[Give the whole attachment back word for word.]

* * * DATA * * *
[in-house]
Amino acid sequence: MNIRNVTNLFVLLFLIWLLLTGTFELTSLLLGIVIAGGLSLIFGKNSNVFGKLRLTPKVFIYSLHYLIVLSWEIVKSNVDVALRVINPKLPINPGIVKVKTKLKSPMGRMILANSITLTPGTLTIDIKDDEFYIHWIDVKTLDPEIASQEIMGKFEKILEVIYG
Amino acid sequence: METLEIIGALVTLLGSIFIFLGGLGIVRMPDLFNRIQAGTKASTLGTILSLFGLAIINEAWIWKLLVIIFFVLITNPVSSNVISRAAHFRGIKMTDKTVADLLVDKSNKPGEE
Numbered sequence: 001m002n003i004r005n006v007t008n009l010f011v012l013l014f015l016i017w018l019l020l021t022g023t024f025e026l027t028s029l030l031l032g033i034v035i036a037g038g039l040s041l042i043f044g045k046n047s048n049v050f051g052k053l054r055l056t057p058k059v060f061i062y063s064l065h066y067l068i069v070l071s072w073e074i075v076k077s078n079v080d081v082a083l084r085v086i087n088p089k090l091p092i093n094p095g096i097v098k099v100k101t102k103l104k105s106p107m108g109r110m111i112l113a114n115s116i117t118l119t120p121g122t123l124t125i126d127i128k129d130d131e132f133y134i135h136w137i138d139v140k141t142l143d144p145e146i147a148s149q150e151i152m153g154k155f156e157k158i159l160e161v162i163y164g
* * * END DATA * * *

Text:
[in-house]
Amino acid sequence: MNIRNVTNLFVLLFLIWLLLTGTFELTSLLLGIVIAGGLSLIFGKNSNVFGKLRLTPKVFIYSLHYLIVLSWEIVKSNVDVALRVINPKLPINPGIVKVKTKLKSPMGRMILANSITLTPGTLTIDIKDDEFYIHWIDVKTLDPEIASQEIMGKFEKILEVIYG
Amino acid sequence: METLEIIGALVTLLGSIFIFLGGLGIVRMPDLFNRIQAGTKASTLGTILSLFGLAIINEAWIWKLLVIIFFVLITNPVSSNVISRAAHFRGIKMTDKTVADLLVDKSNKPGEE
Numbered sequence: 001m002n003i004r005n006v007t008n009l010f011v012l013l014f015l016i017w018l019l020l021t022g023t024f025e026l027t028s029l030l031l032g033i034v035i036a037g038g039l040s041l042i043f044g045k046n047s048n049v050f051g052k053l054r055l056t057p058k059v060f061i062y063s064l065h066y067l068i069v070l071s072w073e074i075v076k077s078n079v080d081v082a083l084r085v086i087n088p089k090l091p092i093n094p095g096i097v098k099v100k101t102k103l104k105s106p107m108g109r110m111i112l113a114n115s116i117t118l119t120p121g122t123l124t125i126d127i128k129d130d131e132f133y134i135h136w137i138d139v140k141t142l143d144p145e146i147a148s149q150e151i152m153g154k155f156e157k158i159l160e161v162i163y164g